September 09, 2012
Australia and Papua New Guinea have signed a deal to reopen the asylum seeker processing centre on Manus Island.
Prime Minister Julia Gillard and her counterpart Peter O’Neill signed a memorandum of understanding on the sidelines of the APEC meeting in Russia.
An agreement had already been signed, but it was revised after a High Court challenge to the Government’s Malaysia solution.
Ms Gillard says the new agreement means that work can start on the Manus Island centre within three to four weeks.
The new deal recognises the need to ensure, as far as possible, that no benefit is gained through circumventing regular migration arrangements.
Ms Gillard says that is the no advantage rule recommended as a disincentive in the report by former Defence Force chief Angus Houston.
“That is, they should wait the same amount of time for a resettlement opportunity as if they hadn’t moved,” she said.
But even after signing the deal, Mr O’Neill has said he does not want delays.
“I think the quicker they are processed the better it is,” he said.
Ms Gillard says with the agreement signed, work can now commence on the detention centre on Manus Island.
“Work has already commenced on Nauru. Reconnaissance teams have been to Manus Island as well,” she said.
“Our aim here is to establish both regional processing facilities as soon as possible.”
Ms Gillard has also discussed asylum seeker issues with her Malaysian counterpart.
Meanwhile, a group of 99 asylum seekers have been found at Cocos Keeling Island.
Customs, Border Protection and Australian Federal Police officers boarded the boat they were travelling on at the entrance to the island’s lagoon yesterday.
The people were expected to have health and security checks on the island before being transferred to Christmas Island.
Ms Gillard made the memorandum announcement at the APEC summit in Russia.
She will today meet with her counterparts including from Malaysia, Papua New Guinea and Peru.
Asylum seeker issues are expected to be on the agenda in those talks.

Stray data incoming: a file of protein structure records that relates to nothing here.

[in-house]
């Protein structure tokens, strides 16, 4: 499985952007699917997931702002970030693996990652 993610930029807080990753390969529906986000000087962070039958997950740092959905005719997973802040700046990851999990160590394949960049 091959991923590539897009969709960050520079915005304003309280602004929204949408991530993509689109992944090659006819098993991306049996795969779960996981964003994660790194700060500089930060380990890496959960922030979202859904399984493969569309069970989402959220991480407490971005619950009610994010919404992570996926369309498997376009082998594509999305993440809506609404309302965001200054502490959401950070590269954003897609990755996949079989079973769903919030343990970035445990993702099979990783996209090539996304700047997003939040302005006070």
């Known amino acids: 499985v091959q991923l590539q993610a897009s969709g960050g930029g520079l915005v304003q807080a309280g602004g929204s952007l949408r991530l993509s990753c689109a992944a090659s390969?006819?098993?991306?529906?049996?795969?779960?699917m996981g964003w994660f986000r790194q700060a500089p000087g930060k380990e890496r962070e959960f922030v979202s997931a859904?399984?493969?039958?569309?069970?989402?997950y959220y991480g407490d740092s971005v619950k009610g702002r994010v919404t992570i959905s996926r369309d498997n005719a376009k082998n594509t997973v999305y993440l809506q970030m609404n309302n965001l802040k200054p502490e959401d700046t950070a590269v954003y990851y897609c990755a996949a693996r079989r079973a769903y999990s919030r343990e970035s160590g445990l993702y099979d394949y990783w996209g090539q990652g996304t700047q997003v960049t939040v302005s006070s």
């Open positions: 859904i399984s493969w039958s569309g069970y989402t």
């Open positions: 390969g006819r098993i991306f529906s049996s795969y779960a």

Earlier at the Vladivostok summit, Ms Gillard outlined her goals for Australian education and her Government’s response to the Gonski review.
She told business people at APEC of her recently-announced goal to lift Australia into the world’s top five by 2025.
Summit host Russia is also prioritizing education and has built a huge new university on an island in Vladivostok aimed at attracting students from nearby Asian nations.
Ms Gillard said the APEC move to make it easier for universities to expand into other nations fits with her Government’s agenda.
“It makes sense to build on that national development of our education system… to enable our students, our education providers and our researchers to move more freely across the region,” she said.
“It’s a good vision of the future that we in the growing region of the world would see greater and greater exchange between our higher educational institutions.
“The most important thing for nations understanding each other over time is people-to-people links. And that happens at a series of levels. It happens when leaders meet other leaders.
“It also happens when a young person decides that they will travel to another nation to undertake a course of study, to spend some of their time in university and they come back with that experience, with their outlook changed for a lifetime.”